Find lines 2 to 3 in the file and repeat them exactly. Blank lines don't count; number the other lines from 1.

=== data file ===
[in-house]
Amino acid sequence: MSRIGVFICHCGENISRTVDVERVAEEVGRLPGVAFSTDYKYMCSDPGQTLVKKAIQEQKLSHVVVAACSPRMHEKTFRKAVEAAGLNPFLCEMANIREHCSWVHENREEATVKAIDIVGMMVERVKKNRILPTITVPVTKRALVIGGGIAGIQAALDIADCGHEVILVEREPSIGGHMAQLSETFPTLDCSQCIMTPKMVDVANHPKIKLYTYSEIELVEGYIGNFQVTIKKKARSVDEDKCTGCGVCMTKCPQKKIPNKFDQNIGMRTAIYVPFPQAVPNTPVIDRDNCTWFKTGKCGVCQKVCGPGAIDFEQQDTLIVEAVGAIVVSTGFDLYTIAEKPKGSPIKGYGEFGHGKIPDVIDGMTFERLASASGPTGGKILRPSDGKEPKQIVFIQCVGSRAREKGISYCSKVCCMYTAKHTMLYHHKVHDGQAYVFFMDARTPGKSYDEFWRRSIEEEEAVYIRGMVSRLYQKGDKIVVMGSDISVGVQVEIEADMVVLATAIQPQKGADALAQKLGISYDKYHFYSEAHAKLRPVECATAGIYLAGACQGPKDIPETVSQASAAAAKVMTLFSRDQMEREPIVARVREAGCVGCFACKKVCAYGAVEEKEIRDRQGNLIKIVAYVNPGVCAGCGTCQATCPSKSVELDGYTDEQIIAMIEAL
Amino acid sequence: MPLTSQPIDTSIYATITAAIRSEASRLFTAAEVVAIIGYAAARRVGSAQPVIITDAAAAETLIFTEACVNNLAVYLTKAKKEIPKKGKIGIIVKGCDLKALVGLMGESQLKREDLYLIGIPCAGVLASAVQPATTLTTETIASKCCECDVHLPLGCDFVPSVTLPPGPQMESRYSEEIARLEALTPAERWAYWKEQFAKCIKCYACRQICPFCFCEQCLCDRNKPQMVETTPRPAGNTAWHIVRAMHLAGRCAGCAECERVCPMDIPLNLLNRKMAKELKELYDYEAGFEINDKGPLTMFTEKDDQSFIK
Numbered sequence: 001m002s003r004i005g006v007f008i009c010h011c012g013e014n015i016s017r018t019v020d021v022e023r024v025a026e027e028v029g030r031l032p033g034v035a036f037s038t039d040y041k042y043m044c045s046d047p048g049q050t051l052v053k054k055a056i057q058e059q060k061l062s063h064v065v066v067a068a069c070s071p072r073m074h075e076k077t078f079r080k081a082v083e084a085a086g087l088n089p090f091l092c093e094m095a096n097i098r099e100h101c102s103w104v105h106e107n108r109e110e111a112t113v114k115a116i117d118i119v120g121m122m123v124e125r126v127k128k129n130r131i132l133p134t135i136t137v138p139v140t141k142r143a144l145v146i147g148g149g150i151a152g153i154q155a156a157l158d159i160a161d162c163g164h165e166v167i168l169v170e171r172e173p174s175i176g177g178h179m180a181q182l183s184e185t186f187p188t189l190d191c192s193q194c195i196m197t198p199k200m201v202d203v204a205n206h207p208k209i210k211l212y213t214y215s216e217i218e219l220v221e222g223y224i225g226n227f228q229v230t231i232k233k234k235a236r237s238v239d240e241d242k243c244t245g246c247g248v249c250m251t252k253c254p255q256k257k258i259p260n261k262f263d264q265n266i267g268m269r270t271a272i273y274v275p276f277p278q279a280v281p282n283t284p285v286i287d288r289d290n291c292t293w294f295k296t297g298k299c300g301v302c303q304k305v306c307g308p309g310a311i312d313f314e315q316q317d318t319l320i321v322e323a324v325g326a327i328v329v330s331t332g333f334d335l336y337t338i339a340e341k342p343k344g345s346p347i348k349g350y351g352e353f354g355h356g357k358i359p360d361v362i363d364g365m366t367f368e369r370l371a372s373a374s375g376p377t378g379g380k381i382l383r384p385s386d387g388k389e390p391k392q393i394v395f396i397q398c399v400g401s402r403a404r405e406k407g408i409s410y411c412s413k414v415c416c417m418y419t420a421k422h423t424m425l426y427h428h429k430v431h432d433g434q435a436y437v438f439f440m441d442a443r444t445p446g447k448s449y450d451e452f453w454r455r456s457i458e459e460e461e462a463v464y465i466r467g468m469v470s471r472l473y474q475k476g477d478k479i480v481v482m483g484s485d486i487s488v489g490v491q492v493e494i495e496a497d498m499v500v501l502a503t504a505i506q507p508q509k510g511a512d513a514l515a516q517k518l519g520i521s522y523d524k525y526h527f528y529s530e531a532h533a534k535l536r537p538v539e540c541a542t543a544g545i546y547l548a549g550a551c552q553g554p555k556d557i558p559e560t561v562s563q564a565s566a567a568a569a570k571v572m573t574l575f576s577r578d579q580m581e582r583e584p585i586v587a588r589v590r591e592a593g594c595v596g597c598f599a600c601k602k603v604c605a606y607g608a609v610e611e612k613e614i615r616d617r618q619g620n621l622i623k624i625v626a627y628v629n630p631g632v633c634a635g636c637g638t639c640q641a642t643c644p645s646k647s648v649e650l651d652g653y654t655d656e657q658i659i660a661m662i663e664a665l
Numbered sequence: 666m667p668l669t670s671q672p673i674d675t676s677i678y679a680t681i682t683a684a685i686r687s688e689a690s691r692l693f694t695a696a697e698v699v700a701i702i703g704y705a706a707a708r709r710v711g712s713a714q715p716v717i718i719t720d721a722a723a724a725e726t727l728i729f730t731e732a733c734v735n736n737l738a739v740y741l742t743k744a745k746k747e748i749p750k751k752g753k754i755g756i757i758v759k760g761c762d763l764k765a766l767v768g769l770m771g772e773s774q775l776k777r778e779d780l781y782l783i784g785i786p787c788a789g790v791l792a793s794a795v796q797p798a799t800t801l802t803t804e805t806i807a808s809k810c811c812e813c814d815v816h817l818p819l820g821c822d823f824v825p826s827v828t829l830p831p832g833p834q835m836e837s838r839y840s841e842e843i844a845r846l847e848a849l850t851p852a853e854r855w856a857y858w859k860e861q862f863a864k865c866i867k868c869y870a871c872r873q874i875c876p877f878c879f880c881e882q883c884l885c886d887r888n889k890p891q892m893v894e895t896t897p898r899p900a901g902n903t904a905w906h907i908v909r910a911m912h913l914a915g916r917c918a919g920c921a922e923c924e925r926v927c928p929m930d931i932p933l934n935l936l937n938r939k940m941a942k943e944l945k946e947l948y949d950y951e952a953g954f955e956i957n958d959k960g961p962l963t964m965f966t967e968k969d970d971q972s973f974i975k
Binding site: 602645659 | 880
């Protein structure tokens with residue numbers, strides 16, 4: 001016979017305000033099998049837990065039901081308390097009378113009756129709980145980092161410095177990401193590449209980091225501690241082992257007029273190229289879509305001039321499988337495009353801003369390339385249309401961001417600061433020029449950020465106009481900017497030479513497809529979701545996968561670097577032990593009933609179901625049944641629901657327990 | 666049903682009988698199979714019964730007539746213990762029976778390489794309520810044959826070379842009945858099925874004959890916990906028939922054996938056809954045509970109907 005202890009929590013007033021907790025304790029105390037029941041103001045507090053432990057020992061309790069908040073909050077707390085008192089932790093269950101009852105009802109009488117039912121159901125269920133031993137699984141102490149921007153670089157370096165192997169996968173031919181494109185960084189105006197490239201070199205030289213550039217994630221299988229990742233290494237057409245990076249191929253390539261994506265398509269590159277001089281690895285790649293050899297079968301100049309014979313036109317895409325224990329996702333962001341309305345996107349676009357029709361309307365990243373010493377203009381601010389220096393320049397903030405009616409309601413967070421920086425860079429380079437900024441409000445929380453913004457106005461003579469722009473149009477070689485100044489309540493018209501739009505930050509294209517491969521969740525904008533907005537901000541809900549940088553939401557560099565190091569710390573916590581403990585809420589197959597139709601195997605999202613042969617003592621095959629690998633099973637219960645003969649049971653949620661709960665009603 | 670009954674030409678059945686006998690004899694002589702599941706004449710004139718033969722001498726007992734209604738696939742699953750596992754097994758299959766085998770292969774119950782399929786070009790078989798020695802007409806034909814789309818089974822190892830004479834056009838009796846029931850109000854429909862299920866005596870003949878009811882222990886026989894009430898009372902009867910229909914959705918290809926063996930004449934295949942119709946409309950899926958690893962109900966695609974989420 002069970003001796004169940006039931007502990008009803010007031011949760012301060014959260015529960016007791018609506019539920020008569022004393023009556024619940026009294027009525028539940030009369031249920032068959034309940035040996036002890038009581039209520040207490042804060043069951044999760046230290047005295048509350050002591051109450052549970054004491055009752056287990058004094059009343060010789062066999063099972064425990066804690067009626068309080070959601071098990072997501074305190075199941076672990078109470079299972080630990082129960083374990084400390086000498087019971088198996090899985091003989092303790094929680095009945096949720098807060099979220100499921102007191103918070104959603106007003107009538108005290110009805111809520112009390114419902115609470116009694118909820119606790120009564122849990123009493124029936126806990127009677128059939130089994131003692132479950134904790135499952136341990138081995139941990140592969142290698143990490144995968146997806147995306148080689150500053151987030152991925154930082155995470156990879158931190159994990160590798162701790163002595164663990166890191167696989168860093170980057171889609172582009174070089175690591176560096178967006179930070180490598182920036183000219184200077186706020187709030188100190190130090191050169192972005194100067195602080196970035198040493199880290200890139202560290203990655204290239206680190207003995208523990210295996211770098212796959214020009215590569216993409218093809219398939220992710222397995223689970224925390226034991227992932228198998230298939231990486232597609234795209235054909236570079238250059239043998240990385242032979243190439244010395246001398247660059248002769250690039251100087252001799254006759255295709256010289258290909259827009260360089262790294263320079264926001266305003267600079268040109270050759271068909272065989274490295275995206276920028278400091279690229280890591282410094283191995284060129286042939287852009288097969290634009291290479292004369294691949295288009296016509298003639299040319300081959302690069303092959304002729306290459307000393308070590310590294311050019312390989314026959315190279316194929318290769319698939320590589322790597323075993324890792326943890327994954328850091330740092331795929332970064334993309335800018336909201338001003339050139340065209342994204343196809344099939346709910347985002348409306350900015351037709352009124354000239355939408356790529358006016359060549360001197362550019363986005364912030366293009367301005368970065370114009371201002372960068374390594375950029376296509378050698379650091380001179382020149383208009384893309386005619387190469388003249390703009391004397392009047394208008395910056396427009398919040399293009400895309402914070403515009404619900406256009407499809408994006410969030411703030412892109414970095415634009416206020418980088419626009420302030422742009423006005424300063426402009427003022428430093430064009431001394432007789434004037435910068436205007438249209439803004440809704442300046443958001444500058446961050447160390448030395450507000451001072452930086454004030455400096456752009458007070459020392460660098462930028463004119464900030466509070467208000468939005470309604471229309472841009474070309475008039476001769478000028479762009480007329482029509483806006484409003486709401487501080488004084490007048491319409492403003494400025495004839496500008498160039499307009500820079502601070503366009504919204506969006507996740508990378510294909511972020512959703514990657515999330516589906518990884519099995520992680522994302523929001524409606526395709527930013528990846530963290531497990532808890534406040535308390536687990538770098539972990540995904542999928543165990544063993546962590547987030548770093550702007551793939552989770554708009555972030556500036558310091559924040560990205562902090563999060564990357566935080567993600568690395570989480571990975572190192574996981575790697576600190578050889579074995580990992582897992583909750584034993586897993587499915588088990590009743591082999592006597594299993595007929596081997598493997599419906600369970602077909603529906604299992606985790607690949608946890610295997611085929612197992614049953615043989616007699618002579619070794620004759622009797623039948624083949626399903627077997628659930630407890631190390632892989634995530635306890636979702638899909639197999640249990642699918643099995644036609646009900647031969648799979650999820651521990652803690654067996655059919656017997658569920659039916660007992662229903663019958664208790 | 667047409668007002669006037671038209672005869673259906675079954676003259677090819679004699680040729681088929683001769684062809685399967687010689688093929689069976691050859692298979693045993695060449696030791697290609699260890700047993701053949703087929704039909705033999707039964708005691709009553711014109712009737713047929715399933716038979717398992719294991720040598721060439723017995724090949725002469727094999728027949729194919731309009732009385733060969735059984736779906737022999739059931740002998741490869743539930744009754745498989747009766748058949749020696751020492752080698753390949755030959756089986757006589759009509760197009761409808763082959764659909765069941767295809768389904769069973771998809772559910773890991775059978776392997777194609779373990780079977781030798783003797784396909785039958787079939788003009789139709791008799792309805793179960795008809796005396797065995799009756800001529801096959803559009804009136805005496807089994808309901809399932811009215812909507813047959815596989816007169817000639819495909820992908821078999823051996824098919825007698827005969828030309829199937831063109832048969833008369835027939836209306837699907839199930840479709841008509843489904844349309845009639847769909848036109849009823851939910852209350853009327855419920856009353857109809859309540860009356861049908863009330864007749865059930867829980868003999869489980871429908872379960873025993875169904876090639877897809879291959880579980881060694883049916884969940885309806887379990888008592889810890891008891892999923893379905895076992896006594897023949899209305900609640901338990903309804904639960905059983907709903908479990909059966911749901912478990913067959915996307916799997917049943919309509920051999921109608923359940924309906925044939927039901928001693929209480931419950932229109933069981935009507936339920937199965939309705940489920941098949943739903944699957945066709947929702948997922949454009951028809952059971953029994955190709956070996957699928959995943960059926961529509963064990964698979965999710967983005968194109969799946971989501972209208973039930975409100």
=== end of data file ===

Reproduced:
Amino acid sequence: MSRIGVFICHCGENISRTVDVERVAEEVGRLPGVAFSTDYKYMCSDPGQTLVKKAIQEQKLSHVVVAACSPRMHEKTFRKAVEAAGLNPFLCEMANIREHCSWVHENREEATVKAIDIVGMMVERVKKNRILPTITVPVTKRALVIGGGIAGIQAALDIADCGHEVILVEREPSIGGHMAQLSETFPTLDCSQCIMTPKMVDVANHPKIKLYTYSEIELVEGYIGNFQVTIKKKARSVDEDKCTGCGVCMTKCPQKKIPNKFDQNIGMRTAIYVPFPQAVPNTPVIDRDNCTWFKTGKCGVCQKVCGPGAIDFEQQDTLIVEAVGAIVVSTGFDLYTIAEKPKGSPIKGYGEFGHGKIPDVIDGMTFERLASASGPTGGKILRPSDGKEPKQIVFIQCVGSRAREKGISYCSKVCCMYTAKHTMLYHHKVHDGQAYVFFMDARTPGKSYDEFWRRSIEEEEAVYIRGMVSRLYQKGDKIVVMGSDISVGVQVEIEADMVVLATAIQPQKGADALAQKLGISYDKYHFYSEAHAKLRPVECATAGIYLAGACQGPKDIPETVSQASAAAAKVMTLFSRDQMEREPIVARVREAGCVGCFACKKVCAYGAVEEKEIRDRQGNLIKIVAYVNPGVCAGCGTCQATCPSKSVELDGYTDEQIIAMIEAL
Amino acid sequence: MPLTSQPIDTSIYATITAAIRSEASRLFTAAEVVAIIGYAAARRVGSAQPVIITDAAAAETLIFTEACVNNLAVYLTKAKKEIPKKGKIGIIVKGCDLKALVGLMGESQLKREDLYLIGIPCAGVLASAVQPATTLTTETIASKCCECDVHLPLGCDFVPSVTLPPGPQMESRYSEEIARLEALTPAERWAYWKEQFAKCIKCYACRQICPFCFCEQCLCDRNKPQMVETTPRPAGNTAWHIVRAMHLAGRCAGCAECERVCPMDIPLNLLNRKMAKELKELYDYEAGFEINDKGPLTMFTEKDDQSFIK